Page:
Laser-based leak detection more accurate than blue dye

Research commissioned by Sepha has revealed

Technology-based non-destructive leak detection is significantly more accurate in detecting weak seals in blister packs than blue-dye test methods, research commissioned by specialist machinery manufacturer Sepha has revealed.

The initial results of the research, undertaken by packaging experts at the University of Ulster’s School of Engineering, form part of an in-depth study to be published as a White Paper later this year.

The research has found that Blisterscan, a laser-based detection device, is capable of detecting 50% more holes at 10 micron and 20% more defects at 15 micron than traditional blue dye testing.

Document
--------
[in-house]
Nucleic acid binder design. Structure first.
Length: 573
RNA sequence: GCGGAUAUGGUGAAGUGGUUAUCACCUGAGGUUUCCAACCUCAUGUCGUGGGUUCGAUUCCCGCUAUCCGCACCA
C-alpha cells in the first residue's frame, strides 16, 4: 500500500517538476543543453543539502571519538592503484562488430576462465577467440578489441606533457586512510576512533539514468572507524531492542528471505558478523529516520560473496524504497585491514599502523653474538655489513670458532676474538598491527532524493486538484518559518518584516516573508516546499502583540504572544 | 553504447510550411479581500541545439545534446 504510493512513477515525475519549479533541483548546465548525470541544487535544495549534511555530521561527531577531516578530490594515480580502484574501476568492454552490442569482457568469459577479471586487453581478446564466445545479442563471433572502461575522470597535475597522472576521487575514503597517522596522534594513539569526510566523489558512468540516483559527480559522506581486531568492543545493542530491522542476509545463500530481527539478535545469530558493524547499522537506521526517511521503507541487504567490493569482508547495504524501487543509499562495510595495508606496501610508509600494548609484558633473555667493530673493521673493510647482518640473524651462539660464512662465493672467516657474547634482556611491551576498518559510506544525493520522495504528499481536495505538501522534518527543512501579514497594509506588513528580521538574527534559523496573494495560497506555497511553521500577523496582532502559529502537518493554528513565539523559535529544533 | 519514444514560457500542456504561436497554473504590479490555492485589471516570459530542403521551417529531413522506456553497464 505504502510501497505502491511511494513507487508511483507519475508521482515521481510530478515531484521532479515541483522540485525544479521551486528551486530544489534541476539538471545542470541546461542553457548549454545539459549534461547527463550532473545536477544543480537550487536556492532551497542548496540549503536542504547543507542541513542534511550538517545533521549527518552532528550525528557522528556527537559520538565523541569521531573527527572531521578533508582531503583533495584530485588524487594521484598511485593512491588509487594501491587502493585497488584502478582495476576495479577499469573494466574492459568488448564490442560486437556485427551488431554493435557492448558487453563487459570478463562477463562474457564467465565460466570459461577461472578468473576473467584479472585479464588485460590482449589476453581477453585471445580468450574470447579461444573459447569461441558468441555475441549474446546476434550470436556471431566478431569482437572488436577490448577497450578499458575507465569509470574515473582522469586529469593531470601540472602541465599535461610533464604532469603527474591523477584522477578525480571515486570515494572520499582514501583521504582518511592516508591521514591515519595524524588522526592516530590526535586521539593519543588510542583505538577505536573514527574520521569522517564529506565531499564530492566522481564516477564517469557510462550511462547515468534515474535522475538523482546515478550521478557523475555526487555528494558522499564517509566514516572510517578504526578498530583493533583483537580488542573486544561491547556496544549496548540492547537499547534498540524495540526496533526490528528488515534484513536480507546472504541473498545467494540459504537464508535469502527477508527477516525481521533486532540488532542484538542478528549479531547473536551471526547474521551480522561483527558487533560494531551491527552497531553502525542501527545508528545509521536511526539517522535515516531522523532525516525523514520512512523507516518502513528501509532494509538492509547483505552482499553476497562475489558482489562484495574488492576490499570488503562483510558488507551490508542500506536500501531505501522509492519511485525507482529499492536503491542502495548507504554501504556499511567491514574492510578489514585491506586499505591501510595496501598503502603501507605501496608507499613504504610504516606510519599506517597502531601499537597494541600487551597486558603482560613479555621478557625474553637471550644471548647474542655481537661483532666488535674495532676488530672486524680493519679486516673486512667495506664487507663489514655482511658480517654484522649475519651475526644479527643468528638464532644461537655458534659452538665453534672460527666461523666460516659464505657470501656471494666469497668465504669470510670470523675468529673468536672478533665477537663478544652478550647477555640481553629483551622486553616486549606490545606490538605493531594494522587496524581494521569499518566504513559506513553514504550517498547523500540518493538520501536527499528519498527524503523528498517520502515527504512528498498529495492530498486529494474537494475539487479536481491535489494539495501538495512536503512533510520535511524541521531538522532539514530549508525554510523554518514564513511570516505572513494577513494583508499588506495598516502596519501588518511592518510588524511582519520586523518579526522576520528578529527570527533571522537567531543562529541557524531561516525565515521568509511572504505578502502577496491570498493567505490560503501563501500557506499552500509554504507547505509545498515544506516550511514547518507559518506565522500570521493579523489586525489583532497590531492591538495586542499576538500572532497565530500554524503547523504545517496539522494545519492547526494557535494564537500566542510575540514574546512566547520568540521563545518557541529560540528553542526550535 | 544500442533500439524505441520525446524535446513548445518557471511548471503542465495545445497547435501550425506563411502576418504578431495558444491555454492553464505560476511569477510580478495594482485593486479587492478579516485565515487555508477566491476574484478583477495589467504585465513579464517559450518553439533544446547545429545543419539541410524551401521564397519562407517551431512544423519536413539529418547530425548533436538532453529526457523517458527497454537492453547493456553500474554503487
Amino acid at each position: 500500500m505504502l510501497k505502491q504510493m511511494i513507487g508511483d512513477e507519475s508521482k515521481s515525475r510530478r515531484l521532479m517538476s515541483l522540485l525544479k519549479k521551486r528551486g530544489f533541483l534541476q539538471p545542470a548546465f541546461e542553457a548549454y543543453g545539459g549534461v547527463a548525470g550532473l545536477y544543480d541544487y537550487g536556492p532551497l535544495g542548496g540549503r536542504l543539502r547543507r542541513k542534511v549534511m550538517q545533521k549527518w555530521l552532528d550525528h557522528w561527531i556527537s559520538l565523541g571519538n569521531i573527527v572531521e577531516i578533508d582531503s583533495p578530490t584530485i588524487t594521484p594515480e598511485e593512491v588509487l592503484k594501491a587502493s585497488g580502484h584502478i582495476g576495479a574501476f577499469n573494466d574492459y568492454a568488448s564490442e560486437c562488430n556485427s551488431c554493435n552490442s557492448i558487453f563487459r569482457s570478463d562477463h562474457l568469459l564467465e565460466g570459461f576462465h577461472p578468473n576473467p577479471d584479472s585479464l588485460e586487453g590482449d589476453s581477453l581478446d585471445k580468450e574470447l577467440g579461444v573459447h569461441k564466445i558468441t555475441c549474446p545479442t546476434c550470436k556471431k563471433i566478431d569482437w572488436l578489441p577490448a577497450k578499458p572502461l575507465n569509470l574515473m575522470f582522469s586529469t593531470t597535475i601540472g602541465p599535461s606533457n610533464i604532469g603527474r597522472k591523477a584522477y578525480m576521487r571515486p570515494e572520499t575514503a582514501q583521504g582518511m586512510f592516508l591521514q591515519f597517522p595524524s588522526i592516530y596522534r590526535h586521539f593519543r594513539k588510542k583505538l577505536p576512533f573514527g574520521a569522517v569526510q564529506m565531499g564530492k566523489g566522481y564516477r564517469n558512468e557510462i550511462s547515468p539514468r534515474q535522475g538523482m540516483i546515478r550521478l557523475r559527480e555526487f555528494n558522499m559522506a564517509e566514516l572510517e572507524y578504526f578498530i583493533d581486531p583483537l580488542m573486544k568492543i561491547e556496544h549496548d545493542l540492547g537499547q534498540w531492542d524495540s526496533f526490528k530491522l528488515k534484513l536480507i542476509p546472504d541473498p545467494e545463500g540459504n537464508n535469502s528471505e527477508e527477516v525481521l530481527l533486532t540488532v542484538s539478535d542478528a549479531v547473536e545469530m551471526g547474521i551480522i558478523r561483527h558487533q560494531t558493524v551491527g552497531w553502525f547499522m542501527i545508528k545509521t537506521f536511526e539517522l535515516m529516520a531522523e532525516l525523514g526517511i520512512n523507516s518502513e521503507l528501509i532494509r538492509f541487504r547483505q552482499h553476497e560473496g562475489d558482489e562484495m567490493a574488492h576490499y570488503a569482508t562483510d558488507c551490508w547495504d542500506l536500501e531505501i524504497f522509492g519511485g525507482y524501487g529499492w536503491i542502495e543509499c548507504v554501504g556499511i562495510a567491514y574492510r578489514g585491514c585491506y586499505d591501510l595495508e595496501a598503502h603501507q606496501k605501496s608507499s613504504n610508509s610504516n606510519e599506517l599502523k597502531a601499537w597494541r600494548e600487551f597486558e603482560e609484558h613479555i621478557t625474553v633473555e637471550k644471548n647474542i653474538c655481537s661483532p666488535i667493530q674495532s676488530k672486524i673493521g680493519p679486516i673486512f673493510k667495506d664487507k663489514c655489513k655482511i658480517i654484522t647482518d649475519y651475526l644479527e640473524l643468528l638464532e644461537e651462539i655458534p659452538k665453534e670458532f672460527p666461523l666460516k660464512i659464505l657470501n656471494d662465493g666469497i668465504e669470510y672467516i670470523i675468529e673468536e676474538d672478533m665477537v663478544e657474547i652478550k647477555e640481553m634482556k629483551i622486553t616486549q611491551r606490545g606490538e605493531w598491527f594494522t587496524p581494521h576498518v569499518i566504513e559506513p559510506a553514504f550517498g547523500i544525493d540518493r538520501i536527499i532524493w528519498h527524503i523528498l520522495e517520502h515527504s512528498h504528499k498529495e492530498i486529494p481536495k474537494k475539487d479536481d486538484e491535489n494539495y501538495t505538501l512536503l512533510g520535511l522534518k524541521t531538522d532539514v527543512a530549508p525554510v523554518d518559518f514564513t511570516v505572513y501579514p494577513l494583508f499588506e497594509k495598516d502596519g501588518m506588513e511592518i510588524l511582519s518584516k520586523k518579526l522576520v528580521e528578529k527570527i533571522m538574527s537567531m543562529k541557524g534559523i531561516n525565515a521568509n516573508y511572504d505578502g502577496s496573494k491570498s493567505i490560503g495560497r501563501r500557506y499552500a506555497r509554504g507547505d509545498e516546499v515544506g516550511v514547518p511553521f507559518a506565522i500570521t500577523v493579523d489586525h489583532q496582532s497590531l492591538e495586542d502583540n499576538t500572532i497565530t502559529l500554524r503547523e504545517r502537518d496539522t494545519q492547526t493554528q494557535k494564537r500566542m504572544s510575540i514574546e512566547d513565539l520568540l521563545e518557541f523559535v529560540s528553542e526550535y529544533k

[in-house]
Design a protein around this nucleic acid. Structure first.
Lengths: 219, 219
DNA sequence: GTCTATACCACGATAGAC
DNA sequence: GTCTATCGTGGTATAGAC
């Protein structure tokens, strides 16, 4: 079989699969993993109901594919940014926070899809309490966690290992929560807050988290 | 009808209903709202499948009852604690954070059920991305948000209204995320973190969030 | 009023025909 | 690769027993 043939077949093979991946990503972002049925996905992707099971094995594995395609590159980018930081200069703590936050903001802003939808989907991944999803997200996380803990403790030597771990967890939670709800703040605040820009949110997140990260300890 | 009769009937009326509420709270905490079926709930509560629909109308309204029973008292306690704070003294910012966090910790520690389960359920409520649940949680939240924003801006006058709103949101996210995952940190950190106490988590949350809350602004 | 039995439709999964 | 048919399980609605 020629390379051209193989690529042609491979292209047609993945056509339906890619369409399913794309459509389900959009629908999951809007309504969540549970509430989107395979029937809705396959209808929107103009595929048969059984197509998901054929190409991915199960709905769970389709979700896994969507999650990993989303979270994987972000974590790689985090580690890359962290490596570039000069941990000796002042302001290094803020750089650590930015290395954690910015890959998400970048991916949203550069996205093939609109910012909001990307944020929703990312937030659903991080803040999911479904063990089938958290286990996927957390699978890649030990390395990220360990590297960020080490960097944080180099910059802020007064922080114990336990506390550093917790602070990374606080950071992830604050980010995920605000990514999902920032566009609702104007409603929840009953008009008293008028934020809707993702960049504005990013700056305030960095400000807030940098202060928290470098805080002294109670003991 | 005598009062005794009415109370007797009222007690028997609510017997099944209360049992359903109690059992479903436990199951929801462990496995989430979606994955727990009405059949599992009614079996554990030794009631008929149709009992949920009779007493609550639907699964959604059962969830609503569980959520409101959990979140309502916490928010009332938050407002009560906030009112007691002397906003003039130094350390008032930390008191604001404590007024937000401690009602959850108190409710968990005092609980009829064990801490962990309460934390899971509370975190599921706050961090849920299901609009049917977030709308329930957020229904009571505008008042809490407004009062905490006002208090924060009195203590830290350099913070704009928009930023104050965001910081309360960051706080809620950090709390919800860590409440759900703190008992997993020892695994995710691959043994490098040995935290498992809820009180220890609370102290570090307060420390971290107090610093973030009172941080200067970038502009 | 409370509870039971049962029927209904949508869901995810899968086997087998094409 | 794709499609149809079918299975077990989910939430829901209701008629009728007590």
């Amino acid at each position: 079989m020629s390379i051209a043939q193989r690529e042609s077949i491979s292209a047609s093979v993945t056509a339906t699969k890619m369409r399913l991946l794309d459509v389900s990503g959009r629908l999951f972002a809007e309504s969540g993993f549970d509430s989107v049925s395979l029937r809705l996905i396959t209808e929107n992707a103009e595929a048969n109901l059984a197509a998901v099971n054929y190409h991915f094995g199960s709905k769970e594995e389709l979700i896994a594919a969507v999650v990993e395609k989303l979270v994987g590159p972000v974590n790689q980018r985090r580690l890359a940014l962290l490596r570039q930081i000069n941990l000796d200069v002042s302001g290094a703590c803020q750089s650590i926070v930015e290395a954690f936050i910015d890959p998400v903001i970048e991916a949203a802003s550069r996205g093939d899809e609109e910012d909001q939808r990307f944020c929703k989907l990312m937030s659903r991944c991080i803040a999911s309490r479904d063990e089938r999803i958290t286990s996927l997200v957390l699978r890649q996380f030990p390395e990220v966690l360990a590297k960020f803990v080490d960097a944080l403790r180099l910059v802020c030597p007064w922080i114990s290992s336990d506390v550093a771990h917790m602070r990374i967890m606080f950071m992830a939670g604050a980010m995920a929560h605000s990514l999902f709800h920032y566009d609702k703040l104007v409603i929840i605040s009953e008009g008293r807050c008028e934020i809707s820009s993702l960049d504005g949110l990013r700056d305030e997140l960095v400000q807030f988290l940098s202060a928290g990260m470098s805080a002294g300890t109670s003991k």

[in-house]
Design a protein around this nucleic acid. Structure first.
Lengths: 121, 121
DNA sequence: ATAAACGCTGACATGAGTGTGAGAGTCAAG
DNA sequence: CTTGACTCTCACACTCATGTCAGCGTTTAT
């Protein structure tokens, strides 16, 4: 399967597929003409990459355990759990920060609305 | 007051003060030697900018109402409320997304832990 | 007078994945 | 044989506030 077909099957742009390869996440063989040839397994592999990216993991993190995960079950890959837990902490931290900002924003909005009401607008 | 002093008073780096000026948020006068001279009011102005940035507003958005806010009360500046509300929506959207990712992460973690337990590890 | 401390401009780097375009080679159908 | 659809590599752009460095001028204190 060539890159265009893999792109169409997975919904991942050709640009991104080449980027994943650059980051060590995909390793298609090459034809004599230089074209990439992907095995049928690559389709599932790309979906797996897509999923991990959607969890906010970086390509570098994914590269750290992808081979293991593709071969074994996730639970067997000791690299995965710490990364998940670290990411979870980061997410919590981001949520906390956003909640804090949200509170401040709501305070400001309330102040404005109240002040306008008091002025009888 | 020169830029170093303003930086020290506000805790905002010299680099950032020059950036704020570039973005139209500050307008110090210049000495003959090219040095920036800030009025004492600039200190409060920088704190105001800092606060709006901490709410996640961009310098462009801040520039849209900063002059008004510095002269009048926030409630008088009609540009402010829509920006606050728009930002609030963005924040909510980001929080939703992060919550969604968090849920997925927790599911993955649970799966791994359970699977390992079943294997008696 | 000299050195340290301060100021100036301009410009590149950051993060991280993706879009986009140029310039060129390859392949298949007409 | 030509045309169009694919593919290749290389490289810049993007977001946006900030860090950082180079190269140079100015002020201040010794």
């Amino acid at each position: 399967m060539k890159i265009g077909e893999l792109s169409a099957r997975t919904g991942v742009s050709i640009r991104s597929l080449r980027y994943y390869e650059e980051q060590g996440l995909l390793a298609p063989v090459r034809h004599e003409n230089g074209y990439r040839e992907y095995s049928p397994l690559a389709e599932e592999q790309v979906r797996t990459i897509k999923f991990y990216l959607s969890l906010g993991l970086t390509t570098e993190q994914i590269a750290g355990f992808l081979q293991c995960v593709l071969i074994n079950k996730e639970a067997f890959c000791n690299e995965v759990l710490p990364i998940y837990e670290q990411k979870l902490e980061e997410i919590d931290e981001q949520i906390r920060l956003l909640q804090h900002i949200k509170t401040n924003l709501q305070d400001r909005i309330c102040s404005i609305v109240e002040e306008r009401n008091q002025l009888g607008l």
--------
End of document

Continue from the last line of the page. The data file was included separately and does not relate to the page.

The study is looking at blister packs using different tablet sizes, foil thickness and pack formats to demonstrate that technology-led testing procedures will reduce cost and improve quality on packaging lines.

Professor Dorian Dixon of the University of Ulster's School of Engineering said: ‘These initial results highlight that Blisterscan is much more reliable, accurate and capable of detecting 15 micron leaks than blue dye.’

Further tests on 10, 15, and 20 micron holes will be carried out as Dixon moves towards the completion of his White Paper at the end of 2010.

Belfast-based Sepha has introduced three pharmaceutical packaging machine prototypes that it says will offer effective yet lower-cost options for detecting leaks in pharmaceutical packaging such as blister packs.

The Irish firm manufactures non-destructive inspection equipment for inspecting the seal integrity of pharmaceutical and medical device blister packs. It also designs and manufactures deblistering equipment for product recovery from pharmaceutical blisters and lab-scale blister packing machines for clinical trial use.

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